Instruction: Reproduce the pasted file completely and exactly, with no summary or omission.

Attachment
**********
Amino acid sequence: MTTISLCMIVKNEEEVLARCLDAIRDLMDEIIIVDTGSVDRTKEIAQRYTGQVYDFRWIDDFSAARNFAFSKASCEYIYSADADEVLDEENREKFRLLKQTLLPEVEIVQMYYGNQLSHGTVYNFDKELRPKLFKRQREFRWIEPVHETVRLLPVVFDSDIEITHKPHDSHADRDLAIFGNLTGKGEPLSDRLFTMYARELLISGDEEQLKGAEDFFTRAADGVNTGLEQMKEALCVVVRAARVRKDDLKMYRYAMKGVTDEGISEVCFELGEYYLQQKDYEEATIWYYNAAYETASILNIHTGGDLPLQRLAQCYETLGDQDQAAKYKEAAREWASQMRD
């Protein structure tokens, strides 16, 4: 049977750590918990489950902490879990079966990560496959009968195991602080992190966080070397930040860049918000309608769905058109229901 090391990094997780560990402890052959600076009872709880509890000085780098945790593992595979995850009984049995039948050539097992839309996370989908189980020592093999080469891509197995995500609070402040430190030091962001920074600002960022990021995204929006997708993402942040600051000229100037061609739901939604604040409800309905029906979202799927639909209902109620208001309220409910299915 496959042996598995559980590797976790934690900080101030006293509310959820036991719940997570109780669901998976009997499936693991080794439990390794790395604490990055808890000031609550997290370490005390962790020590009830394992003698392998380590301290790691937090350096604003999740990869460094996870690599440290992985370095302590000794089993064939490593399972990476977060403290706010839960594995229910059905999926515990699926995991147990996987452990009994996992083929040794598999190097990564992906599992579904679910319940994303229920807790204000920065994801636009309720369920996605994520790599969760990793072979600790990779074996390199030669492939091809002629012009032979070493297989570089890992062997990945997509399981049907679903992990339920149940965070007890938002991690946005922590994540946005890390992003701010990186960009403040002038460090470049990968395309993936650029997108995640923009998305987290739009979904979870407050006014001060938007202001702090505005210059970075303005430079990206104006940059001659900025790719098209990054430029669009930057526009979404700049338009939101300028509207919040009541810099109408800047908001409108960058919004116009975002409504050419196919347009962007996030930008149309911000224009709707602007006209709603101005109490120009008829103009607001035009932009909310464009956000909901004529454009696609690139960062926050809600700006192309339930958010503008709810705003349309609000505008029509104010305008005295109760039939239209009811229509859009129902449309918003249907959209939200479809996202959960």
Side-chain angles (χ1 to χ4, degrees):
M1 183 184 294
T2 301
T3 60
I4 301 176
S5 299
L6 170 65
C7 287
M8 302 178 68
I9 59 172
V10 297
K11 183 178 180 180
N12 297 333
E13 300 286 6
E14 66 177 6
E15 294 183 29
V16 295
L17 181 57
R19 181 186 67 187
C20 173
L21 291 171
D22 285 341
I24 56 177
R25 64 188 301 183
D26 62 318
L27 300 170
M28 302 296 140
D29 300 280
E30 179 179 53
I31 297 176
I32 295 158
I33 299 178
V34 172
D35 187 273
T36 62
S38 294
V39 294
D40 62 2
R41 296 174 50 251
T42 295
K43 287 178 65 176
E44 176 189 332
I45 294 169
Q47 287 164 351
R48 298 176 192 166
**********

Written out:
Amino acid sequence: MTTISLCMIVKNEEEVLARCLDAIRDLMDEIIIVDTGSVDRTKEIAQRYTGQVYDFRWIDDFSAARNFAFSKASCEYIYSADADEVLDEENREKFRLLKQTLLPEVEIVQMYYGNQLSHGTVYNFDKELRPKLFKRQREFRWIEPVHETVRLLPVVFDSDIEITHKPHDSHADRDLAIFGNLTGKGEPLSDRLFTMYARELLISGDEEQLKGAEDFFTRAADGVNTGLEQMKEALCVVVRAARVRKDDLKMYRYAMKGVTDEGISEVCFELGEYYLQQKDYEEATIWYYNAAYETASILNIHTGGDLPLQRLAQCYETLGDQDQAAKYKEAAREWASQMRD
């Protein structure tokens, strides 16, 4: 049977750590918990489950902490879990079966990560496959009968195991602080992190966080070397930040860049918000309608769905058109229901 090391990094997780560990402890052959600076009872709880509890000085780098945790593992595979995850009984049995039948050539097992839309996370989908189980020592093999080469891509197995995500609070402040430190030091962001920074600002960022990021995204929006997708993402942040600051000229100037061609739901939604604040409800309905029906979202799927639909209902109620208001309220409910299915 496959042996598995559980590797976790934690900080101030006293509310959820036991719940997570109780669901998976009997499936693991080794439990390794790395604490990055808890000031609550997290370490005390962790020590009830394992003698392998380590301290790691937090350096604003999740990869460094996870690599440290992985370095302590000794089993064939490593399972990476977060403290706010839960594995229910059905999926515990699926995991147990996987452990009994996992083929040794598999190097990564992906599992579904679910319940994303229920807790204000920065994801636009309720369920996605994520790599969760990793072979600790990779074996390199030669492939091809002629012009032979070493297989570089890992062997990945997509399981049907679903992990339920149940965070007890938002991690946005922590994540946005890390992003701010990186960009403040002038460090470049990968395309993936650029997108995640923009998305987290739009979904979870407050006014001060938007202001702090505005210059970075303005430079990206104006940059001659900025790719098209990054430029669009930057526009979404700049338009939101300028509207919040009541810099109408800047908001409108960058919004116009975002409504050419196919347009962007996030930008149309911000224009709707602007006209709603101005109490120009008829103009607001035009932009909310464009956000909901004529454009696609690139960062926050809600700006192309339930958010503008709810705003349309609000505008029509104010305008005295109760039939239209009811229509859009129902449309918003249907959209939200479809996202959960």
Side-chain angles (χ1 to χ4, degrees):
M1 183 184 294
T2 301
T3 60
I4 301 176
S5 299
L6 170 65
C7 287
M8 302 178 68
I9 59 172
V10 297
K11 183 178 180 180
N12 297 333
E13 300 286 6
E14 66 177 6
E15 294 183 29
V16 295
L17 181 57
R19 181 186 67 187
C20 173
L21 291 171
D22 285 341
I24 56 177
R25 64 188 301 183
D26 62 318
L27 300 170
M28 302 296 140
D29 300 280
E30 179 179 53
I31 297 176
I32 295 158
I33 299 178
V34 172
D35 187 273
T36 62
S38 294
V39 294
D40 62 2
R41 296 174 50 251
T42 295
K43 287 178 65 176
E44 176 189 332
I45 294 169
Q47 287 164 351
R48 298 176 192 166